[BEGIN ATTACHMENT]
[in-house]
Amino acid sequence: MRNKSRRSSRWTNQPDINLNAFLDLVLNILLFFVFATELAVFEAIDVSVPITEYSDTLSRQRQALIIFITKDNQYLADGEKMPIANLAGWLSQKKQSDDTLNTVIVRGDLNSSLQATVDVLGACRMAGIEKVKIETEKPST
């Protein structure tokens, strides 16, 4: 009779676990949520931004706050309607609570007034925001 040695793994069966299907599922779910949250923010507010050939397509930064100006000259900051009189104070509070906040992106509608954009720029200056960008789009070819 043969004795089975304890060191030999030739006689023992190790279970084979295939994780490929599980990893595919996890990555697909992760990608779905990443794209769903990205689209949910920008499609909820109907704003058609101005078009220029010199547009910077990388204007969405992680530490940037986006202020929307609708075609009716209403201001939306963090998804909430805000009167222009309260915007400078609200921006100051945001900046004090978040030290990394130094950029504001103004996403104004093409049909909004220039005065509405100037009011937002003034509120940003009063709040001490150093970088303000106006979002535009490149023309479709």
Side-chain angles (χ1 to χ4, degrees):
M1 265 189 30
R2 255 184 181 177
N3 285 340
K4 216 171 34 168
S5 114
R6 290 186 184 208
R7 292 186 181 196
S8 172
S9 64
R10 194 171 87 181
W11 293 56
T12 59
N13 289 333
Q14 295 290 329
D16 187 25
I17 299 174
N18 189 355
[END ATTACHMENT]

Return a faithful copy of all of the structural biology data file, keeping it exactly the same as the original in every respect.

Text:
[in-house]
Amino acid sequence: MRNKSRRSSRWTNQPDINLNAFLDLVLNILLFFVFATELAVFEAIDVSVPITEYSDTLSRQRQALIIFITKDNQYLADGEKMPIANLAGWLSQKKQSDDTLNTVIVRGDLNSSLQATVDVLGACRMAGIEKVKIETEKPST
């Protein structure tokens, strides 16, 4: 009779676990949520931004706050309607609570007034925001 040695793994069966299907599922779910949250923010507010050939397509930064100006000259900051009189104070509070906040992106509608954009720029200056960008789009070819 043969004795089975304890060191030999030739006689023992190790279970084979295939994780490929599980990893595919996890990555697909992760990608779905990443794209769903990205689209949910920008499609909820109907704003058609101005078009220029010199547009910077990388204007969405992680530490940037986006202020929307609708075609009716209403201001939306963090998804909430805000009167222009309260915007400078609200921006100051945001900046004090978040030290990394130094950029504001103004996403104004093409049909909004220039005065509405100037009011937002003034509120940003009063709040001490150093970088303000106006979002535009490149023309479709």
Side-chain angles (χ1 to χ4, degrees):
M1 265 189 30
R2 255 184 181 177
N3 285 340
K4 216 171 34 168
S5 114
R6 290 186 184 208
R7 292 186 181 196
S8 172
S9 64
R10 194 171 87 181
W11 293 56
T12 59
N13 289 333
Q14 295 290 329
D16 187 25
I17 299 174
N18 189 355